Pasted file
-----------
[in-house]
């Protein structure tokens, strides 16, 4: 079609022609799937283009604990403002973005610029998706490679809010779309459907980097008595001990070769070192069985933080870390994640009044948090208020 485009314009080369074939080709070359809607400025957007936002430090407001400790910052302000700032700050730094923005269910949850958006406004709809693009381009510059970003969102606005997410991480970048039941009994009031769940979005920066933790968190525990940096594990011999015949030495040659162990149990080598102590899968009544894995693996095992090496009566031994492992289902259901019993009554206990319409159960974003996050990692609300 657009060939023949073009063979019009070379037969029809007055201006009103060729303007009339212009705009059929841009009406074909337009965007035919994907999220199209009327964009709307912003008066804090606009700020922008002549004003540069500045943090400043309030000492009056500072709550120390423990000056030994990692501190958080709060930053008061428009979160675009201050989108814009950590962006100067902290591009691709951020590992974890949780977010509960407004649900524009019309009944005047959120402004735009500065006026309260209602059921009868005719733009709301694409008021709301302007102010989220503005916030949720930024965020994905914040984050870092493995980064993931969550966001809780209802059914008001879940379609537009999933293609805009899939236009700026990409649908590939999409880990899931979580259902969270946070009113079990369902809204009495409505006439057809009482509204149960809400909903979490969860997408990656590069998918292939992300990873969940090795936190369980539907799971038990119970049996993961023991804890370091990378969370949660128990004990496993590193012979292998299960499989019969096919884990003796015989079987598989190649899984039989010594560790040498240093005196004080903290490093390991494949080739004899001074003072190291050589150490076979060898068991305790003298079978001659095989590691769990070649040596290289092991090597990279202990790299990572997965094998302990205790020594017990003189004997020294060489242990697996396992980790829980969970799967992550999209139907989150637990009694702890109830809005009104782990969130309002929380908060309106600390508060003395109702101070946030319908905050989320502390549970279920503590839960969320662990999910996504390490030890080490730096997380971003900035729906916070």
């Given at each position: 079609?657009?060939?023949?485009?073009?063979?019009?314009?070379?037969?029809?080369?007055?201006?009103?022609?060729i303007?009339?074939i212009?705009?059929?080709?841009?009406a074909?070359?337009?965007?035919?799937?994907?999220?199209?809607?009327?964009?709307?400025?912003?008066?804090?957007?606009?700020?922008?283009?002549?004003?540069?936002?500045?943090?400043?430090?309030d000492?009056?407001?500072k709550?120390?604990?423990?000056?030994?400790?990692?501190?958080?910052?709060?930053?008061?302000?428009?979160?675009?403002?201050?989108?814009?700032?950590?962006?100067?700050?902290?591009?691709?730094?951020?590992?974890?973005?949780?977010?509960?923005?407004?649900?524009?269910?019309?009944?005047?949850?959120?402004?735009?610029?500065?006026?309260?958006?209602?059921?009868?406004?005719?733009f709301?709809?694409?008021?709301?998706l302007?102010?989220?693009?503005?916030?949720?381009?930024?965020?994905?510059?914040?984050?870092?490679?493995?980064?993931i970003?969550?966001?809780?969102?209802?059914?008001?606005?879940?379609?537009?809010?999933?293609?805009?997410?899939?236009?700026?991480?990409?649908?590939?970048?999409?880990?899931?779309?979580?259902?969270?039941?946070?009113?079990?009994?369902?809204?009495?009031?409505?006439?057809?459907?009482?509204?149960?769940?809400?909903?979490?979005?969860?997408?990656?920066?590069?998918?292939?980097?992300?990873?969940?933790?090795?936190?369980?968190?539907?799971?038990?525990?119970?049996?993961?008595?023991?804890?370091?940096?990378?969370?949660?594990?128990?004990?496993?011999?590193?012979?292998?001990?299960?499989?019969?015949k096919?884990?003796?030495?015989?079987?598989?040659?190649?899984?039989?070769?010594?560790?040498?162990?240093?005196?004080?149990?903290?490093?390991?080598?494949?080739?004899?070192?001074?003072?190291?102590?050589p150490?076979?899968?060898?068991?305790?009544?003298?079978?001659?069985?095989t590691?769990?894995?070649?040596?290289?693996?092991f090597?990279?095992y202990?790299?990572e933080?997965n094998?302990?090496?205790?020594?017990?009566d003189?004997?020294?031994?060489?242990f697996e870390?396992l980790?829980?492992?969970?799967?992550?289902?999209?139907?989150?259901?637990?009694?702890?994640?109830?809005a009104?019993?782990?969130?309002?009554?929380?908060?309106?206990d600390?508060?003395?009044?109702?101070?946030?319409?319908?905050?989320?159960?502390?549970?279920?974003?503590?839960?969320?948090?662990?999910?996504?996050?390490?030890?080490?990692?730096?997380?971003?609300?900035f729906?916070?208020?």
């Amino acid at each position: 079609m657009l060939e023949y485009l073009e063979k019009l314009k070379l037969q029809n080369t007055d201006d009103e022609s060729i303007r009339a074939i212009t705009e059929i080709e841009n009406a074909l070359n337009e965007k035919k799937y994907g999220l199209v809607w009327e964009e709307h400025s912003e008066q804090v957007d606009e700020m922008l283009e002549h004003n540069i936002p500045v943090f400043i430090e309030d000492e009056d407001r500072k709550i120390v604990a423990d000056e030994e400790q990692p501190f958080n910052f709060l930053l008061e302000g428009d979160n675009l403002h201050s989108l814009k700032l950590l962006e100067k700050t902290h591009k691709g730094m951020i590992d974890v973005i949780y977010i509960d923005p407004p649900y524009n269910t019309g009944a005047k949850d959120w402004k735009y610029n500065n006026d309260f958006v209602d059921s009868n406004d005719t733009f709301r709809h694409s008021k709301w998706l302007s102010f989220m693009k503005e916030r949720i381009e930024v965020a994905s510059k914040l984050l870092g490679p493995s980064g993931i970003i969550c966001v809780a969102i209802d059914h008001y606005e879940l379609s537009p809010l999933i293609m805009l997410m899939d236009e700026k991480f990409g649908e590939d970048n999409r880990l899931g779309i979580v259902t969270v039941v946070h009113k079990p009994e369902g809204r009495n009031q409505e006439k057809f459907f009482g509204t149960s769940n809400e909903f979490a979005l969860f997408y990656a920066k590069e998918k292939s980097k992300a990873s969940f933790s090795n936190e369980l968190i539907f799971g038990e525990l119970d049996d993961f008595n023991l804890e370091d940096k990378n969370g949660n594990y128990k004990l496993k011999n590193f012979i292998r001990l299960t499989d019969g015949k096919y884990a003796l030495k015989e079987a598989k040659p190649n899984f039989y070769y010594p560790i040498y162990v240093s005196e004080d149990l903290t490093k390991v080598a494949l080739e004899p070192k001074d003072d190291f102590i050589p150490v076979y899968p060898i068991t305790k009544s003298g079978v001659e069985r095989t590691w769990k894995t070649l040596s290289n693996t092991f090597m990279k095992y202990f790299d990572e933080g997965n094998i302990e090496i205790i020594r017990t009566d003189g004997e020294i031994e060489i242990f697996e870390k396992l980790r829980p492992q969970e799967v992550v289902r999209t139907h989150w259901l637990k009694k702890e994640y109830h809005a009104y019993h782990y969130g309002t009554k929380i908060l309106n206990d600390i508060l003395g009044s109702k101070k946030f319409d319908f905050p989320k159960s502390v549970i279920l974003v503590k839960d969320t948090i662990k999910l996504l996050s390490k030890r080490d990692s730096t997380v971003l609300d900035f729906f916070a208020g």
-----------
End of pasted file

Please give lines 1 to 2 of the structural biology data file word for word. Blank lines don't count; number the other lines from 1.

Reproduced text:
[in-house]
């Protein structure tokens, strides 16, 4: 079609022609799937283009604990403002973005610029998706490679809010779309459907980097008595001990070769070192069985933080870390994640009044948090208020 485009314009080369074939080709070359809607400025957007936002430090407001400790910052302000700032700050730094923005269910949850958006406004709809693009381009510059970003969102606005997410991480970048039941009994009031769940979005920066933790968190525990940096594990011999015949030495040659162990149990080598102590899968009544894995693996095992090496009566031994492992289902259901019993009554206990319409159960974003996050990692609300 657009060939023949073009063979019009070379037969029809007055201006009103060729303007009339212009705009059929841009009406074909337009965007035919994907999220199209009327964009709307912003008066804090606009700020922008002549004003540069500045943090400043309030000492009056500072709550120390423990000056030994990692501190958080709060930053008061428009979160675009201050989108814009950590962006100067902290591009691709951020590992974890949780977010509960407004649900524009019309009944005047959120402004735009500065006026309260209602059921009868005719733009709301694409008021709301302007102010989220503005916030949720930024965020994905914040984050870092493995980064993931969550966001809780209802059914008001879940379609537009999933293609805009899939236009700026990409649908590939999409880990899931979580259902969270946070009113079990369902809204009495409505006439057809009482509204149960809400909903979490969860997408990656590069998918292939992300990873969940090795936190369980539907799971038990119970049996993961023991804890370091990378969370949660128990004990496993590193012979292998299960499989019969096919884990003796015989079987598989190649899984039989010594560790040498240093005196004080903290490093390991494949080739004899001074003072190291050589150490076979060898068991305790003298079978001659095989590691769990070649040596290289092991090597990279202990790299990572997965094998302990205790020594017990003189004997020294060489242990697996396992980790829980969970799967992550999209139907989150637990009694702890109830809005009104782990969130309002929380908060309106600390508060003395109702101070946030319908905050989320502390549970279920503590839960969320662990999910996504390490030890080490730096997380971003900035729906916070």